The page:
It has been five months since Hurricanes Irma and Maria wreaked widespread havoc on the U.S. Virgin Islands. The Category 5 hurricanes damaged buildings of all shapes and types – residences, businesses, places of worship, warehouses and commercial buildings. Those with insurance coverage filed claims, presumably expecting prompt and fair responses from their insurance companies. Have these policyholders received a timely response?

The most recent data on insurance claims provided by the Virgin Island Division of Banking, Insurance & Financial Regulation1 suggests that the response by the insurance carriers has been lackluster to say the least:

Hurricane Irma:
Total Claims Reported: 9,332
Total Claims Closed with Payment: 3,032
Total Percent of Claims Closed: 38%

Hurricane Maria:
Total Claims Reported: 5,549
Total Claims Closed with Payment: 1,314
Total Percent of Claims Closed: 32%

Since the two hurricanes, the Division has also received and processed over 1,000 customer complaints. A significant portion of the complaints came from insureds told that they were underinsured and many insureds neither were aware of nor understood the applicability of the coinsurance provision. These complaints were so pervasive that the Division issued Bulletin 2018-01.2 Bulletin 2018-01 notes that:

Policyholders in the Territory must be educated on the meaning of “underinsurance” and the impact that underinsurance will have on their ability to receive the full benefit of property and casualty insurance coverage following a loss. It is the responsibility of the insurance company, through its agents and authorized representatives, to ensure that public education takes place.

The Bulletin specifically requires all property and casualty insurance companies licensed and authorized to conduct insurance business in the Territory to provide to its homeowner policyholders a full explanation of the term “underinsurance,” to include examples of conditions under which a property may be determined to be underinsured and how this will affect the policyholder’s ability to collect on an insurance claim for damages to their property. It also mandates that insurers inform policyholders of the many factors that can cause a policyholder to be underinsured.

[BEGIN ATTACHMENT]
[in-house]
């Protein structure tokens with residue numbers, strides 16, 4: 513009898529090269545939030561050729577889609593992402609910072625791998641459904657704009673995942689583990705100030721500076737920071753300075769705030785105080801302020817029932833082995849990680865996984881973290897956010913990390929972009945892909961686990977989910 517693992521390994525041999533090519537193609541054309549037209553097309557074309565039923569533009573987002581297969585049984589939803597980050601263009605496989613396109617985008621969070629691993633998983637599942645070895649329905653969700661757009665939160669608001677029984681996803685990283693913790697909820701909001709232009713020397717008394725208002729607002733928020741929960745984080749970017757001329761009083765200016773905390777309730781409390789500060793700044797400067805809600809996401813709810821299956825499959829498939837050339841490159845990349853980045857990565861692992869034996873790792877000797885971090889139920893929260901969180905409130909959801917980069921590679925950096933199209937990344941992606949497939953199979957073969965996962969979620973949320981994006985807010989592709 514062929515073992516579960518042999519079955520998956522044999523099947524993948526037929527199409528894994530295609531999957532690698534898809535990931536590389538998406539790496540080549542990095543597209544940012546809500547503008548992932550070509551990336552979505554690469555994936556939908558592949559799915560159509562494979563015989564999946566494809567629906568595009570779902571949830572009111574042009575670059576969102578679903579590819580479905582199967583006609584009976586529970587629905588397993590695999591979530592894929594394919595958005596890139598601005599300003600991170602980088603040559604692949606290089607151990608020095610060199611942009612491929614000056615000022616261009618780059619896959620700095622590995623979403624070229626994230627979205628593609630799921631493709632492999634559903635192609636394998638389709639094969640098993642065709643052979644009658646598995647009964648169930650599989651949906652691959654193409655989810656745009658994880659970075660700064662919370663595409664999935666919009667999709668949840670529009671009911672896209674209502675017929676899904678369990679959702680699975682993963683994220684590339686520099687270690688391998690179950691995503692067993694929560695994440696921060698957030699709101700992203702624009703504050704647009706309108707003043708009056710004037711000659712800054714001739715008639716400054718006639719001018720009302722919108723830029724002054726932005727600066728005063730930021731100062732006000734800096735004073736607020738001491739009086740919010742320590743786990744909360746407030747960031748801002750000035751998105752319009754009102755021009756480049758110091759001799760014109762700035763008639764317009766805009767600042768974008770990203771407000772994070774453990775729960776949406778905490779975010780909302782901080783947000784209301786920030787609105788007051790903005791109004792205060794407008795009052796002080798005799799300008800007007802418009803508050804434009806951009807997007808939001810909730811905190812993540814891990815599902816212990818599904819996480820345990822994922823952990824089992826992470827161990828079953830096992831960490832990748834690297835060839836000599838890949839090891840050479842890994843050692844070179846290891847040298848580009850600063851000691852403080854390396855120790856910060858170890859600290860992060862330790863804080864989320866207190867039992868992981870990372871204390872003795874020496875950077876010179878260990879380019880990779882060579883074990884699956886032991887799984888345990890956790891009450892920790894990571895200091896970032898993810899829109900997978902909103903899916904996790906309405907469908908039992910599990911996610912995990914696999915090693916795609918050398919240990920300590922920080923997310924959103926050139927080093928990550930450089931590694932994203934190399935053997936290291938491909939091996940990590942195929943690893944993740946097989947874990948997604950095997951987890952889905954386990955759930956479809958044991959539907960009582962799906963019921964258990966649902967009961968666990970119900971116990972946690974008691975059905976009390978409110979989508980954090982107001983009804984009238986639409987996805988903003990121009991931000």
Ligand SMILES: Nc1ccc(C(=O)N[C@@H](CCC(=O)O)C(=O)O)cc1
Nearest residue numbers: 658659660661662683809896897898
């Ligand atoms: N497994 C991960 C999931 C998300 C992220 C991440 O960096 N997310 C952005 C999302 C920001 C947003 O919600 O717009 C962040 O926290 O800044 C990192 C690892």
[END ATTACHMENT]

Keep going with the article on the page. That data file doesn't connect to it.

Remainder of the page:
Equally significant, Bulletin 2018-01 also allows policyholders whose policies were renewed in 2017 after Hurricanes Irma and Maria and who are not scheduled to renew before the next hurricane season, to elect to receive a midterm endorsement to increase their policy limit, if necessary, to an adequate level using a pro rata share going forward.

Contemporaneously with Bulletin 2018-01, the Division issued an Emergency Order on Underinsurance, effective February 12, 2018, which requires insurance companies to conduct a second review of each Hurricane Irma and Maria related claim for which a determination of “underinsurance” was made.3 The Emergency Order mandates that the insured must be notified of the insurer’s finding in writing within three weeks after the second review is completed. These claimants will also be asked to sign a document evidencing that their agent has provided a full explanation of the term “underinsured” and how the conditions will affect their ability to receive the full benefits of insurance coverage in order to restore the insured’s property in the event of a catastrophe or any loss covered under their policy.

As with any other document, policyholders should make sure that they understand what they are signing. If a policyholder continues to have concerns, the policyholder should contact the Division or a knowledgeable insurance law attorney.
1 Data reported in Press Release No. 004-18, which is available at (last accessed February 18, 2018).
2 Bulletin 2018-01 is available at (last accessed February 18, 2018).
3 Information on the Emergency Order on Underinsurance is available at (last accessed February 18, 2018).